The Ultimate Diet.

Apologies for the lack of posting; new job means getting used to a new routine in a new phase of my life.

As I’ve said before it has been my own journey through body image issues and self-discovery that has led to me to this new place of positive body image activism. I only recently noticed that an old triggering point had arisen once again: gaining weight. I spent too much time in my teenage years and early 20’s battling my own mindset about how I looked, how I should look and struggling to disassociate my worth from my weight. So this now felt like a great time to test whether I could walk the walk, after I’ve spent so much time and effort on here talking the talk.

A UK size 14-16 is where I have averaged out throughout my adult life; I used to be positively ecstatic if I fitted into something smaller as the numbers meant a lot to me. Looking back now I can see just how much they dictated how I felt about myself at 18 years old, even though it’s so clear I have always been an average or below average size. But I was cross with my body because I felt it didn’t allow me to be the person I wanted to be.

I tried to stick to the ‘rules’ of how women considered ‘curvy’ should appear. Try to keep your hair long and full, it will hide excess chins and it’s more feminine. No boots, we don’t want to make those legs look bigger do we? Try a flared jean instead to balance out those proportions. Accentuate your waist as it’s the smallest part of your body, we need to see how small you can be! Try an A-line skirt to skim and cover your hips. Three-quarter length sleeves will hide any unsightly bingo wings. PUT DOWN THAT TANK TOP!

This kind of thing really annoys me. I’m not a piece of fruit.What it should say is: Are you human shaped? Then wear whatever the hell you want.

 

I was lucky I have family who tried their best to balance out the negativity I was picking up from outside, but those external influences are strong at a young age. The message I received from the media was that we must always try to be smaller, more fragile…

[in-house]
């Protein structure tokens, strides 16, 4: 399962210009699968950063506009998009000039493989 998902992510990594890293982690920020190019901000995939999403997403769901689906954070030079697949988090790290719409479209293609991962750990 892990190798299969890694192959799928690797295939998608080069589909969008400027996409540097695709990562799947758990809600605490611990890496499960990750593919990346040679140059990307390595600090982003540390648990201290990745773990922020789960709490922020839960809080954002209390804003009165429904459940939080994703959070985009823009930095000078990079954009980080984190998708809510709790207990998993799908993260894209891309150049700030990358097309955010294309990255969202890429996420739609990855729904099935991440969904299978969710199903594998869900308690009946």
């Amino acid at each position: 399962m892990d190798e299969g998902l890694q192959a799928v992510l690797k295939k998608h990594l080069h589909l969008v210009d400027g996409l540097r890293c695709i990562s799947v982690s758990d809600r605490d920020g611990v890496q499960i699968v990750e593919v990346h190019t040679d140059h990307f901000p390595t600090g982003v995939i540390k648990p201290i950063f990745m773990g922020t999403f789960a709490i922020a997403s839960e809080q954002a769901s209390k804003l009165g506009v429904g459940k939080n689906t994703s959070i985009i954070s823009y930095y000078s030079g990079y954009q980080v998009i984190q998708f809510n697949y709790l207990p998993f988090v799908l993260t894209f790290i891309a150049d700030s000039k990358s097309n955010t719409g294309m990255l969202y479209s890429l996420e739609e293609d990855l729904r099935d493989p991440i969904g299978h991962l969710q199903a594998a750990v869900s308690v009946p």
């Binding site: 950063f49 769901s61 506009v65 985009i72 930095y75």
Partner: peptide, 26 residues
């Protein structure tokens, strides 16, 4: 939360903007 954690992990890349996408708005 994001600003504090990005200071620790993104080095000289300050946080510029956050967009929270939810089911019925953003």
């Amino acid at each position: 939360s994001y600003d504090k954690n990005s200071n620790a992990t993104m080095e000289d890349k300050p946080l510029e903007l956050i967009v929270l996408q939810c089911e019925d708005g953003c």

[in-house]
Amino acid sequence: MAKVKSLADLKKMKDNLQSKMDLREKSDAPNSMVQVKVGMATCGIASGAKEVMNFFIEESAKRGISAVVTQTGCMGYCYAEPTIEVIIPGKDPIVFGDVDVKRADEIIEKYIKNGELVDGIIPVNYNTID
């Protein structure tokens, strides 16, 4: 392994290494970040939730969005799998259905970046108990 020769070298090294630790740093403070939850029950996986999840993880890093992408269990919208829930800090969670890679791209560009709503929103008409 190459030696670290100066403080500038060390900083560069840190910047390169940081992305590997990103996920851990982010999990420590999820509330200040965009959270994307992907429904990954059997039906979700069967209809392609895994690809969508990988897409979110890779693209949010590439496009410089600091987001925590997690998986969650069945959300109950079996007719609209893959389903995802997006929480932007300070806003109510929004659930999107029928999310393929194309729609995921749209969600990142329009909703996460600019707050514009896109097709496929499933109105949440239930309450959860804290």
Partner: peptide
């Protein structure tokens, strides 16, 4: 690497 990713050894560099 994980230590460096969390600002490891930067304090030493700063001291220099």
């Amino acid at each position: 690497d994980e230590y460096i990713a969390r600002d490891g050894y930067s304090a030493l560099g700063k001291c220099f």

Women should aim to take up less space.

Confused?

Are you confused?

 

When actually, if pinterest had been around then, mine would have been filled with cropped hair, mini skirts, doc martin boots and skinny jeans. Now this isn’t to say I NEVER wore any of these things, because I did. But the point is how I allowed myself to feel in them, and if I had been brutally honest, I usually felt uncomfortable. Thankfully, nowadays I’m way more relaxed, so much so that I almost missed the opportunity to write about this, simply because it didn’t become a ‘thing’ in my life.

Until summer I’d spent a period of time being at the smallest I’ve ever been at a 10-12. It wasn’t something I’d taken much notice of because I no longer weigh myself or particularly pay much attention to what size I’m buying. I was eating on the go and exercising 6 times a week as a way to de-stress my way through my fourth and final year at college. Although I had no time to socialise and was in bed by 9 most nights; I wasn’t obsessive, I wasn’t restrictive or negative, it was just my life and routine at that time. The only other time I have been that size was in the end stages of my time living away from home; when I was devastated by bereavement and possibly suffering from a mental breakdown. Nevertheless, at this present time I was casually applauded for this change in all situations; at college, at the gym, at church and when I was out socially. Years back this used to make me feel really good; but now I just smile awkwardly so as not to be rude, but know that on the inside I’m eye-rolling. When one girl noticed my disdain for the ‘compliment’ of “you’ve lost weight, you look amazing now” I was told to “enjoy it” and that “you love it really, everyone likes to hear they’re thinner.” I’m at a point now where if that’s what you think I’m thinking, you really don’t know me at all.